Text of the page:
In a family that works together and lives together, celebratory events can sometimes be a challenge. My family of seven people see each other every day. Most of us work together in our small family-run business, so how can we spark up a (mostly mandatory) holiday feast and keep the table conversation going?
We do it through food. New recipes, adventurous dishes, old classics that are only served at holiday time all bring special meaning to our gatherings.
Our plans this year include a Chinese food festival, lots of movie going and ice skating, a scavenger hunt through the city (we are spending Christmas in Anchorage this year – a kind of reverse getaway from our normal routine in the wilds), and a day of downhill skiing. But, our main holiday meal together this year will be a Christmas morning brunch.
On the menu so far are caramel-apple waffles, homemade sausage, apricot breakfast biscuits, an elegant little baked egg dish with mushrooms and cream, and biksemad, a Danish-style potato hash with pickled red beets and roasted pork. We will save our favorite seasonal seafood dishes for the New Year. We'll also make a sweet potato cinnamon roll that we serve out at the lodge. These rolls are light and fluffy, and they always disappear quickly.
Making yeast-risen breakfast rolls might seem a little too time consuming for a first thing in the morning effort, but it is easy enough if you do the majority of the work the day before. Basically, we make yeast dough softened with a bit of milk, flavored with aromatic orange peel and cooked, mashed sweet potatoes (yams or regular potatoes work as well). Filling can be as intriguing as you like but we prefer the classic pecan, brown sugar, and cinnamon crumble. Other favorites have been blueberry or raspberry jam or jam-and-cream cheese combinations.
In our recipe, we use bread flour that helps the dough to rise, and we use milk that softens the dough and makes it tender. The sweet potato provides a natural sweetness but the rolls themselves aren't too sweet or cloying, as rolls can sometimes be. Sweetness can be added in the filling and the drizzle on top. This is particularly good if there is some tartness or acid added, either through fruit or citrus.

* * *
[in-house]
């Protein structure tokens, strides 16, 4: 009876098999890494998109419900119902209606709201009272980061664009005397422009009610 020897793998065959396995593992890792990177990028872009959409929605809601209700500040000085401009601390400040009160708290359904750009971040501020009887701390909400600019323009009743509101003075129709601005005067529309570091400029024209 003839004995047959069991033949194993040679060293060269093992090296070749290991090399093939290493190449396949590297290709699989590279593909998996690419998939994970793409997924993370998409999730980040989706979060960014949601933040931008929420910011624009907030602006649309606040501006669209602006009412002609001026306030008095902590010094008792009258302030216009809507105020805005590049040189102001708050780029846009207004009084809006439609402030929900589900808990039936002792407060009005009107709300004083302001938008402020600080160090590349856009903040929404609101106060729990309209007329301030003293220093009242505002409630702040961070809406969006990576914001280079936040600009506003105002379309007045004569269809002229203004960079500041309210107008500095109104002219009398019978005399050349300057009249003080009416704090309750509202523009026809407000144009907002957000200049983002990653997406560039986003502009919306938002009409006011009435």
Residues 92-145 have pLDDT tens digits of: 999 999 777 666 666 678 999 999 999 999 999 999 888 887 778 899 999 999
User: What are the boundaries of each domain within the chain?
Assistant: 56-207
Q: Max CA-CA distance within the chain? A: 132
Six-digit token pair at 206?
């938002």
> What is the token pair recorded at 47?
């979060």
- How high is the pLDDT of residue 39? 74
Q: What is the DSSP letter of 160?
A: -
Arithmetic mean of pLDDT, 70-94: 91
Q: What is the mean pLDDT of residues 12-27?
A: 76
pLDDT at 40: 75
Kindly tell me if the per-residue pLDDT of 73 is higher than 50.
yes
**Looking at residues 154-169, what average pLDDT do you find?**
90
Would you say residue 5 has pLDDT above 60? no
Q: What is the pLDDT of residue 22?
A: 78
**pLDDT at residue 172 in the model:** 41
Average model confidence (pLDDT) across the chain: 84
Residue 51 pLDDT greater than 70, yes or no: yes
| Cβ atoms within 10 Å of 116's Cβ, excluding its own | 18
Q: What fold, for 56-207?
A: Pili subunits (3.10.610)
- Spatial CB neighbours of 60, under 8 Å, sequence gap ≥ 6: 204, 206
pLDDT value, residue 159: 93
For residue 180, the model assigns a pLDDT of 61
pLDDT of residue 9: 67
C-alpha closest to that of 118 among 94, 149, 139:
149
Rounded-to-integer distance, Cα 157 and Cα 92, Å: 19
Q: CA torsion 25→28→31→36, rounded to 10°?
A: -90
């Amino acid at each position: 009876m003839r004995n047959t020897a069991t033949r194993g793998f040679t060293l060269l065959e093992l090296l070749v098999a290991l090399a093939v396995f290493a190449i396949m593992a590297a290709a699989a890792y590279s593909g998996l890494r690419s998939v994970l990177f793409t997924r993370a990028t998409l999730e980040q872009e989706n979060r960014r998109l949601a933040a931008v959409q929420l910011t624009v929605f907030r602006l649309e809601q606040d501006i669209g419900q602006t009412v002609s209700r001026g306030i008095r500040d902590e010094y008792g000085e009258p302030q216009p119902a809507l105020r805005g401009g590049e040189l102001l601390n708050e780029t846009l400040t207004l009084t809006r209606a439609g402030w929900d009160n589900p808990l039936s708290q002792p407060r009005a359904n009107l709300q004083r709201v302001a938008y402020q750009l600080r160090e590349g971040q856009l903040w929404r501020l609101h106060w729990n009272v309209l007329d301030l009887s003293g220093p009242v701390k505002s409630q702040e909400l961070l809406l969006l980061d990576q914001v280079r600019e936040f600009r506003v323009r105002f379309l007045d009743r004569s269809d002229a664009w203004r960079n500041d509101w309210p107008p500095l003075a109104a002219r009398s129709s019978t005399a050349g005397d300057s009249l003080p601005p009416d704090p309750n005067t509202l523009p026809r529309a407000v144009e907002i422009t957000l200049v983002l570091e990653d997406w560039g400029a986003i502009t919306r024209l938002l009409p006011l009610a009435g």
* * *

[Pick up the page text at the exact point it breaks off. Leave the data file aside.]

In the recipe below, we rolled the dough into a log and cut the dough into 12 individual rolls before we baked them. You might want to experiment with other festive shapes. You can make a wreath by slicing the log through into half and braiding the two lengths together. Connect the ends of the dough to form a circular wreath shape.
I have noted the spot in the recipe to do a day ahead if that works in your holiday meal planning.
Sweet Potato Cinnamon Rolls
For the dough:
1?2 cup warm milk
2 tablespoons plus 1 teaspoon yeast
3 3?4 cups bread flour
1?4 cup granulated sugar
2 teaspoons salt
3?4 cup sweet potato purée
2 tablespoons grated orange rind
3?4 cup unsalted butter (12 tablespoons)
For the filling:
3?4 cup softened unsalted butter
1 cup firmly packed light brown sugar
1 cup chopped toasted pecans
2 tablespoons ground cinnamon
For the glaze:
1 cup powdered sugar
1 tablespoon milk
1 teaspoon lemon juice
1?2 teaspoon vanilla
In a medium bowl mix together the milk, yeast, and 3?4 cup of the bread flour. Let the mixture sit for 5 minutes.
Add in the remaining bread flour, sugar, eggs, salt, sweet potato purée, orange rind, and butter. Turn the dough out onto a well-floured surface, and knead until the dough is smooth and elastic (about 4 to 5 minutes).
Place the dough into a large greased bowl. Cover the bowl with a kitchen cloth and let rise in a warm place for about 1 to 2 hours, or until doubled in bulk. In the meantime, combine the ingredients for the filling in a small bowl.
Punch the dough down. Turn the dough out onto a well-floured surface, and roll out into a 10-by-18-inch rectangle. Spread evenly with the prepared filling, leaving a 1-inch border. Roll up dough, jellyroll fashion, starting at 1 long side. Cut into 12 (11?2-inch) slices, and arrange in a lightly greased 13-by-9-inch baking pan.
This is the point that you can wrap up the pan tightly with plastic wrap and place it into the refrigerator. In the morning, remove, the wrap, bring the dough to room temperature and continue with the following instructions.
Cover the rolls with a kitchen cloth and let rise in a warm place free from drafts for about 30 minutes. In a small bowl mix together the powdered sugar, milk, lemon juice, and vanilla to make the glaze.
Bake the rolls at 400°F for 10 minutes. Remove rolls from the oven. Drizzle some of the glaze slowly over the rolls. Let the glaze soak in a bit and repeat.
Makes 12 rolls.
Kirsten Dixon is an award-winning chef who has cooked and lived the past 30 years in the backcountry of Alaska. To learn more about her, visit www.kirstendixon.com.